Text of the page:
(CDS), and introns, we have found that PLC are not only
present in noncoding sequences but also in coding regions
somehow hidden in their inner codon structure [6,8]. The
aim of the present study is to demonstrate that the long-
range correlations observed in DNA sequences are more
likely the signature of the hierarchical structural organiza-
tion of chromatin. In contrast to previous interpretations,
we thus propose some understanding of these correlations
as a necessity for chromosome packaging.
A major problem of fractal analysis applied to DNA se-
quences is that these display a mosaic structure which is
characterized by “patches” resulting from compositional
biases with an excess of one type of nucleotide [1,3,7].
When mapping DNA sequences to numerical sequences
using the DNA walk representation, these patches appear
as trends in the DNA walk landscapes that are likely to
break the scale invariance [1–3,7]. In previous works ,
we have emphasized the wavelet transform (WT) as a well
suited technique to overcome this difficulty. By consid-
ering analyzing wavelets that make the “WT microscope”
blind to low frequency trends, any bias in the DNA walk
Actually, scale invariance
can be removed and the existence of PLC associated with
specific scale invariance properties can be revealed accu-
rately. When exploring sequences selected from the hu-
man genome, we have found that the fluctuations in the
patchy landscapes of both coding and noncoding DNA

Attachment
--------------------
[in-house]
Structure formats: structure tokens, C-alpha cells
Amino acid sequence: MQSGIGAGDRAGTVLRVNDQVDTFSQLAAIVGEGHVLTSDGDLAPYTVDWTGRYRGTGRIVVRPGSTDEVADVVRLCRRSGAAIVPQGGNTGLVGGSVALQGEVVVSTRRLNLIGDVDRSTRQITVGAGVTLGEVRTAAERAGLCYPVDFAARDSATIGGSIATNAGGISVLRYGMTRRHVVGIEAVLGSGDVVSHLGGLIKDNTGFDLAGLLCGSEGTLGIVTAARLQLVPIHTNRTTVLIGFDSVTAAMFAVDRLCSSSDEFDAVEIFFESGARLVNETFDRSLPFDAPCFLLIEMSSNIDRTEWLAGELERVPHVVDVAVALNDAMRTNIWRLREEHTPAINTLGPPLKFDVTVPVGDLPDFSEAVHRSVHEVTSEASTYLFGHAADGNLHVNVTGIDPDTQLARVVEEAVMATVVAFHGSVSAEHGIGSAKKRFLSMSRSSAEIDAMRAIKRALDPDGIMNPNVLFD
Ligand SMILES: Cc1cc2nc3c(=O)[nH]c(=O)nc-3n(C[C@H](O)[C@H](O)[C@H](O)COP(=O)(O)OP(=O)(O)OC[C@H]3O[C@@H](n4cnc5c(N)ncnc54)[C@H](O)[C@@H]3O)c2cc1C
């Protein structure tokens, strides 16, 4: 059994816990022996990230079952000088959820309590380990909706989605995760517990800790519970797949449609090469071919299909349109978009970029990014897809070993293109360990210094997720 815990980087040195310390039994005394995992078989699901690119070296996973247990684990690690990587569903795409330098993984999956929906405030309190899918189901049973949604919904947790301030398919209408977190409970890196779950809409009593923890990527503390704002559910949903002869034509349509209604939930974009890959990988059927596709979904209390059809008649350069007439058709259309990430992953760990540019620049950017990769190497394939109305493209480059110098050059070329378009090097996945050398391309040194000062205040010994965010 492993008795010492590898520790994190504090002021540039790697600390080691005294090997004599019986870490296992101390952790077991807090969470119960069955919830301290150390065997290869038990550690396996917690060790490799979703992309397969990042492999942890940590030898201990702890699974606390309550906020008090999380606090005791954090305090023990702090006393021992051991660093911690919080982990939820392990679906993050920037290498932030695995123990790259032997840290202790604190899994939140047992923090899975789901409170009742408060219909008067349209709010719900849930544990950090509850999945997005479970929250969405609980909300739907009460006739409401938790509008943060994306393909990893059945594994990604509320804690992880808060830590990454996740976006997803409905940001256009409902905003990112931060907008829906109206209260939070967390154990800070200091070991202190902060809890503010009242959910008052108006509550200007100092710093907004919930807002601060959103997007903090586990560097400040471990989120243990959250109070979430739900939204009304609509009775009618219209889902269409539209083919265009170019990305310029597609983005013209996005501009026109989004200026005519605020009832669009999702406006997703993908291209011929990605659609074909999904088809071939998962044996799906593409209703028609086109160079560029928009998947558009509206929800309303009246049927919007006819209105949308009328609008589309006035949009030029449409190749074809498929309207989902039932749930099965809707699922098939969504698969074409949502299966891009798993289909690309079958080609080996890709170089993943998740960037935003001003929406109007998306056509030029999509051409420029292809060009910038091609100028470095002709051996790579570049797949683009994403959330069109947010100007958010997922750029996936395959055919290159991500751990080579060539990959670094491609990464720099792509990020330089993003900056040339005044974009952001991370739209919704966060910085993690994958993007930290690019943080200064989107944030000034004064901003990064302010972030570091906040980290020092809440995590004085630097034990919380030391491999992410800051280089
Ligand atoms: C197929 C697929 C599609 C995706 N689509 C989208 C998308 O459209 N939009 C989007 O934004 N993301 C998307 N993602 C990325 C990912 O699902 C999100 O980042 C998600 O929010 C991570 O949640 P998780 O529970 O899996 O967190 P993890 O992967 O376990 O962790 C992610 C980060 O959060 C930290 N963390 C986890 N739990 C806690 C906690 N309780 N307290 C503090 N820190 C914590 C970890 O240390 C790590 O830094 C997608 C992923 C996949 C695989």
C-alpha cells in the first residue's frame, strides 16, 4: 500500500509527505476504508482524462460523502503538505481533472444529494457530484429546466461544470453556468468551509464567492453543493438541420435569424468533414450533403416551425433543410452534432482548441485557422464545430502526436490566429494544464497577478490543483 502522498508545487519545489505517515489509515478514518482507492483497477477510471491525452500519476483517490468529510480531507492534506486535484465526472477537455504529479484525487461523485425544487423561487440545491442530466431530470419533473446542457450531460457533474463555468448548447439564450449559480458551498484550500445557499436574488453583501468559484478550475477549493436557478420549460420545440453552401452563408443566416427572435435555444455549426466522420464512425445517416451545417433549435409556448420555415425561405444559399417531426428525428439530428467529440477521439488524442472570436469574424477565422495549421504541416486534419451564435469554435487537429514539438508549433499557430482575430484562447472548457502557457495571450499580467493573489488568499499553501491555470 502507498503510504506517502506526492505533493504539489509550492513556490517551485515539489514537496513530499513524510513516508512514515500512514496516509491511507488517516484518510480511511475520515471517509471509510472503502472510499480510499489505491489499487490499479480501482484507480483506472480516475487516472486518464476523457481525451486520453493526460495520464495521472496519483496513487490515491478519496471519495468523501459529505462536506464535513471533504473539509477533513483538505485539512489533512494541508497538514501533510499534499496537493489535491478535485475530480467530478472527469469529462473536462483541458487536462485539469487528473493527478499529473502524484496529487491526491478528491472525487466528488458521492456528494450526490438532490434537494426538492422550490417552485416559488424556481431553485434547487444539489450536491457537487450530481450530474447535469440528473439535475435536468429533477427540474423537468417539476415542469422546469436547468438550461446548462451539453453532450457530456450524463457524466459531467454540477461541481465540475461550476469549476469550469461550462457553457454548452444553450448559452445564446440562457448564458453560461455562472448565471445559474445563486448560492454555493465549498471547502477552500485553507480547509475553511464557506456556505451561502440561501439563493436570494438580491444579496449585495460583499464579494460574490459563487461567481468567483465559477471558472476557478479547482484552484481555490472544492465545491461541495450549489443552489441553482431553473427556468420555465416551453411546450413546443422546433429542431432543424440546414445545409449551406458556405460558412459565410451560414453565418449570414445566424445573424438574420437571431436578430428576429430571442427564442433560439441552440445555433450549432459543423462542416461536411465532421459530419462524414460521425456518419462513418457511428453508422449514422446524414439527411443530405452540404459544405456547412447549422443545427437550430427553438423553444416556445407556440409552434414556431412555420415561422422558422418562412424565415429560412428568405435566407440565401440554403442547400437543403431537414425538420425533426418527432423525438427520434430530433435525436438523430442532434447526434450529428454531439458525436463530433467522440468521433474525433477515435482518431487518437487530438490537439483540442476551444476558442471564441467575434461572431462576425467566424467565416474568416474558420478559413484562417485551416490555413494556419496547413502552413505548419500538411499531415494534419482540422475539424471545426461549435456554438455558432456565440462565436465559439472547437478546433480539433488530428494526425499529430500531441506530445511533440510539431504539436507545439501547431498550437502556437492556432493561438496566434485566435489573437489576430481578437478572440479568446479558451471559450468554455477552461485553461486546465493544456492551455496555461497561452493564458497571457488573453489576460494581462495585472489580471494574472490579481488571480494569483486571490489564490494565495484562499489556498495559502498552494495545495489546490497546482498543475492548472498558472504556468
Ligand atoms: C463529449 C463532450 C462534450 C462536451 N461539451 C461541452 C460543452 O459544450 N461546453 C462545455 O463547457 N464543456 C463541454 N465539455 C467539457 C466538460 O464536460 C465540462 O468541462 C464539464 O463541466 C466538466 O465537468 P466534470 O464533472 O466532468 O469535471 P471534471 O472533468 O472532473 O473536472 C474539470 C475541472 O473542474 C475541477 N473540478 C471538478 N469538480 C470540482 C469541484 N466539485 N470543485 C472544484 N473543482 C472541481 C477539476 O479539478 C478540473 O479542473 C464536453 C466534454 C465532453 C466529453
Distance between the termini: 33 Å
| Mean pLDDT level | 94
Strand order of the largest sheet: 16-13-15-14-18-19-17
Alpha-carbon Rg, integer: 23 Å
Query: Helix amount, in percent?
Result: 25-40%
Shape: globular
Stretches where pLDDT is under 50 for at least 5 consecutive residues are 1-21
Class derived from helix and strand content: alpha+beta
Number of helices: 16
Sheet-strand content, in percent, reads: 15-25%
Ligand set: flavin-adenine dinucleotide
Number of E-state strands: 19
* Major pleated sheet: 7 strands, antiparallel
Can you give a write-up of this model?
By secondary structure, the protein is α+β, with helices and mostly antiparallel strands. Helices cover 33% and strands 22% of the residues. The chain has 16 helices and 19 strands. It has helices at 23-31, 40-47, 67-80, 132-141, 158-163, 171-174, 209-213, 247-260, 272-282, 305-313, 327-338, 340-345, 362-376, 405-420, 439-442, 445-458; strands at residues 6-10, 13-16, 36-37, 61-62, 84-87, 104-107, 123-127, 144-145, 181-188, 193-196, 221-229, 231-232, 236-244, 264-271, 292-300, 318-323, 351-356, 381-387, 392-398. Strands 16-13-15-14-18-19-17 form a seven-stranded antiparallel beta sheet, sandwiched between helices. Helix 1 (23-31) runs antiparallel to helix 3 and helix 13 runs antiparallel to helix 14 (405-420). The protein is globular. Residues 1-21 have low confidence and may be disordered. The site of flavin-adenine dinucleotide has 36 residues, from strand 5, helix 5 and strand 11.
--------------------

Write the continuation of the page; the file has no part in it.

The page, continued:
walks are monofractal with Gaussian statistics in the small-
scale range, which justifies the use of a single exponent H
usually called the Hurst or roughness exponent . H val-
ues larger than the uncorrelated random walk value H ?
1?2 correspond to the existence of long-range correlations
that we refer to as “persistence.” To estimate this expo-
nent, we just have to investigate the behavior across scales
(a) of the root mean square (rms) fluctuations of wavelet
coefficients: s?a? ~ aH. Wavelet coefficients actually re-
flect the local variation (over size a) of the concentration of
nucleotides. Persistence (H . 1?2) therefore means that
these concentrations fluctuate more smoothly (over short
distances) than for uncorrelated sequences, but in the same
time with a larger amplitude (over large distances) around
the mean value.
Here we carry out a comparative analysis of the per-
sistence properties for both DNA texts and DNA bending
profiles of various eukaryotic, eubacterial, and archaeal
genomes . To study the DNA texts, we construct “DNA
walks” according to the binary coding method extensively
used by Voss ; this method decomposes the nucleotide
sequence into four sequences corresponding to A, C, T,
or G (coding with 1 at the nucleotide position and 0 at
other positions). To construct bending profiles that account
for the fluctuations of the local DNA curvature, we use
the trinucleotide model proposed in Ref.  (here called
Pnuc) and which was deduced from experimentally deter-
mined nucleosome positioning . The first completely
sequenced eukaryotic genome Saccharomyces cerevisiae
(S.c.) provides an opportunity to perform a comparative
wavelet analysis of the scaling properties displayed by
each chromosome. When looking at the global estimate
0031-9007?01?86(11)?2471(4)$15.00© 2001 The American Physical Society 2471
VOLUME 86, NUMBER 11PHYSICAL REVIEW LETTERS 12 MARCH 2001
of s?a? over the DNA walks corresponding to “A” in each
of the 16 yeast chromosomes  shown in Fig. 1(a), one
sees that all present superimposable behavior, with no-
tably the same characteristic scale that separates two dif-